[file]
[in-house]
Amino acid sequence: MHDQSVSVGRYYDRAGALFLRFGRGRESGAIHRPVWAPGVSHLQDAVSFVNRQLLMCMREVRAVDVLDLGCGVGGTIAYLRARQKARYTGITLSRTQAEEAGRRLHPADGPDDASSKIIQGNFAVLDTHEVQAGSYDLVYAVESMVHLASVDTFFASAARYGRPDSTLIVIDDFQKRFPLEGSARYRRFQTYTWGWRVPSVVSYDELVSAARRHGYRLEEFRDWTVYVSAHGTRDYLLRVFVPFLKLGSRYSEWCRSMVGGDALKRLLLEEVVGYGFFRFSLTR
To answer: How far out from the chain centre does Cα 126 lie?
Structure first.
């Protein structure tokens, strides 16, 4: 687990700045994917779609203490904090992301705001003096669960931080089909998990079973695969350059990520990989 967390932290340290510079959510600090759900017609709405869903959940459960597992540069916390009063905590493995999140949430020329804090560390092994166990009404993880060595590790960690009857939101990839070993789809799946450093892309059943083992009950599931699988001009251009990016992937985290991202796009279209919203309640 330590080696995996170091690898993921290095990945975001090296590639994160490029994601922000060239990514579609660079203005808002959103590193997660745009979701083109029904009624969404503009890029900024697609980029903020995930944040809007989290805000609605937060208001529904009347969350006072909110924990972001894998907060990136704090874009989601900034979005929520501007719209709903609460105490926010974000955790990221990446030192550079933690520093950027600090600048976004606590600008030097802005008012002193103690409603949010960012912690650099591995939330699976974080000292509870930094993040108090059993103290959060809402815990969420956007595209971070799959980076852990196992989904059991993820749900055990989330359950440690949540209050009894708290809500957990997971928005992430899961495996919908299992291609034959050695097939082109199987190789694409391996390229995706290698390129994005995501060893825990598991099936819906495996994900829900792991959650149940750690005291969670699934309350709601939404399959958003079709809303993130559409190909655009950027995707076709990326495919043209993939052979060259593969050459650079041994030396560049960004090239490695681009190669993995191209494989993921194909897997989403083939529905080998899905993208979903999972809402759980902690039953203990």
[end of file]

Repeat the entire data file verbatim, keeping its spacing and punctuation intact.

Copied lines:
[in-house]
Amino acid sequence: MHDQSVSVGRYYDRAGALFLRFGRGRESGAIHRPVWAPGVSHLQDAVSFVNRQLLMCMREVRAVDVLDLGCGVGGTIAYLRARQKARYTGITLSRTQAEEAGRRLHPADGPDDASSKIIQGNFAVLDTHEVQAGSYDLVYAVESMVHLASVDTFFASAARYGRPDSTLIVIDDFQKRFPLEGSARYRRFQTYTWGWRVPSVVSYDELVSAARRHGYRLEEFRDWTVYVSAHGTRDYLLRVFVPFLKLGSRYSEWCRSMVGGDALKRLLLEEVVGYGFFRFSLTR
To answer: How far out from the chain centre does Cα 126 lie?
Structure first.
């Protein structure tokens, strides 16, 4: 687990700045994917779609203490904090992301705001003096669960931080089909998990079973695969350059990520990989 967390932290340290510079959510600090759900017609709405869903959940459960597992540069916390009063905590493995999140949430020329804090560390092994166990009404993880060595590790960690009857939101990839070993789809799946450093892309059943083992009950599931699988001009251009990016992937985290991202796009279209919203309640 330590080696995996170091690898993921290095990945975001090296590639994160490029994601922000060239990514579609660079203005808002959103590193997660745009979701083109029904009624969404503009890029900024697609980029903020995930944040809007989290805000609605937060208001529904009347969350006072909110924990972001894998907060990136704090874009989601900034979005929520501007719209709903609460105490926010974000955790990221990446030192550079933690520093950027600090600048976004606590600008030097802005008012002193103690409603949010960012912690650099591995939330699976974080000292509870930094993040108090059993103290959060809402815990969420956007595209971070799959980076852990196992989904059991993820749900055990989330359950440690949540209050009894708290809500957990997971928005992430899961495996919908299992291609034959050695097939082109199987190789694409391996390229995706290698390129994005995501060893825990598991099936819906495996994900829900792991959650149940750690005291969670699934309350709601939404399959958003079709809303993130559409190909655009950027995707076709990326495919043209993939052979060259593969050459650079041994030396560049960004090239490695681009190669993995191209494989993921194909897997989403083939529905080998899905993208979903999972809402759980902690039953203990």